Sun’s OpenOffice XML development team has created an import filter for OOXML documents. (For the uninitiated, this means that a person using OpenOffice [Microsoft Office’s open source equivalent] will be able to read and edit documents previously saved in Microsoft Office 2007.) However, there is no OOXML export filter (yet?), meaning that an OpenOffice user cannot save documents to OOXML format.
Why such decision to develop the import filter? Michael Brauer of the development team has this to say in his GullFOSS blog entry:
Well, it has always been in our strong interest that OpenOffice.org users can seamlessly interact with multiple file formats, including the binary formats of MS Office. So it is only natural that we care about OOXML now, too.
OOXML is the file format of Microsoft Office 2007. That means, sooner or later, people that use Microsoft Office 2007 and want to migrate to OpenOffice.org will look for ways to get existing OOXML documents into OpenOffice.org. And at some point in time, OpenOffice.org users will receive OOXML documents, because Microsoft Office 2007 users will start sending them out, assuming that everyone can read them.
Brauer further said that an OOXML export filter is impossible. He emphasized that OpenOffice will always save to the ODF by default.
This move by the team came in the wake of the growing effort to pressure the ISO not to approve of OOXML as another standard for document interoperability, side by side with the internationally recognized open document format (ODF). One of the comments to Brauer’s post pointed out OpenOffice’s apparent support to a format that is “neither XML nor open.”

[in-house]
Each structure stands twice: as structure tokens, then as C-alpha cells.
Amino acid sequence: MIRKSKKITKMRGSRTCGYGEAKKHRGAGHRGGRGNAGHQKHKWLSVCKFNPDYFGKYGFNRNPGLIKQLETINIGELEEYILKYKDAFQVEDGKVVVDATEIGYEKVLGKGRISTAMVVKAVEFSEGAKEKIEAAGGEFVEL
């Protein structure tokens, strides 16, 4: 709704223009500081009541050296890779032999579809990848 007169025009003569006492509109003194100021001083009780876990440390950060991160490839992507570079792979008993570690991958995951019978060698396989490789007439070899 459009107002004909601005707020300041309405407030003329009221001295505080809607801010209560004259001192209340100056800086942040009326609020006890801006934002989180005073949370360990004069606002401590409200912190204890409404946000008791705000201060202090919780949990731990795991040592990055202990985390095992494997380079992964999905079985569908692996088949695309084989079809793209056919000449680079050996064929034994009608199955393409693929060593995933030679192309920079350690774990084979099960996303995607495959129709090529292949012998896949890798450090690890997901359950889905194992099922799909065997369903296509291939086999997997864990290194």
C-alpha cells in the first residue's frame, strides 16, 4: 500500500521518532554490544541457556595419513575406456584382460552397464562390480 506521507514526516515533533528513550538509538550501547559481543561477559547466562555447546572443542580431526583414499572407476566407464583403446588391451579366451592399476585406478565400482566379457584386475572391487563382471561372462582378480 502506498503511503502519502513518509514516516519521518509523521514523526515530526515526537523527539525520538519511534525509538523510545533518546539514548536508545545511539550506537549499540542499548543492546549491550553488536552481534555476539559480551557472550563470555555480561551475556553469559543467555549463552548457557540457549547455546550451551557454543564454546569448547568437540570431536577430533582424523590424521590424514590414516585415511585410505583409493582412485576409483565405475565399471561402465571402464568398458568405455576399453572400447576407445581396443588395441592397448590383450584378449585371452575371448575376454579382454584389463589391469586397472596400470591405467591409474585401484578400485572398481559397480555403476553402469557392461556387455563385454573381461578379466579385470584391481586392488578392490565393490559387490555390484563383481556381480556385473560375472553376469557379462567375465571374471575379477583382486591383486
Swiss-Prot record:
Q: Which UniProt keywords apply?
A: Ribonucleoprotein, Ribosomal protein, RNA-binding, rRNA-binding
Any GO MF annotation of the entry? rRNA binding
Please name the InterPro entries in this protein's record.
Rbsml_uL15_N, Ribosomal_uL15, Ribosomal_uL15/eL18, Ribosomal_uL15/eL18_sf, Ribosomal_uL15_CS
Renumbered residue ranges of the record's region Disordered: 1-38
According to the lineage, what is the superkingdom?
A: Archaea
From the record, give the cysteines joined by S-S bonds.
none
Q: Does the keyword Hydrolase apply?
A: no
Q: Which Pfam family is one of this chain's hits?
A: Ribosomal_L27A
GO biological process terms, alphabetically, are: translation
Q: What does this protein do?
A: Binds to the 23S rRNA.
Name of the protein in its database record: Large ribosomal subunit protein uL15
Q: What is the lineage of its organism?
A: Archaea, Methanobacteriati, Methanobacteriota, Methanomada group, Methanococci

I’m sitting in between two positions here. On the one hand, I find the developing team’s move as permissible, because of the concern they’re giving to potential OpenOffice users migrating from Office 2007. On the other hand, I sense that the initiative is not helping neither the no-ooxml movement nor the OpenOffice advocacy any.
I suggest that the developing team repackage the import filter into a kind of OOXML-import plug-in that is not part of the OpenOffice distribution. Instead, let that be hosted by SourceForge or OpenOffice.org itself. Of course, that means an extra effort on the part of users but at least that implicitly sends the message that OpenOffice does not condone non- or anti-standard formats.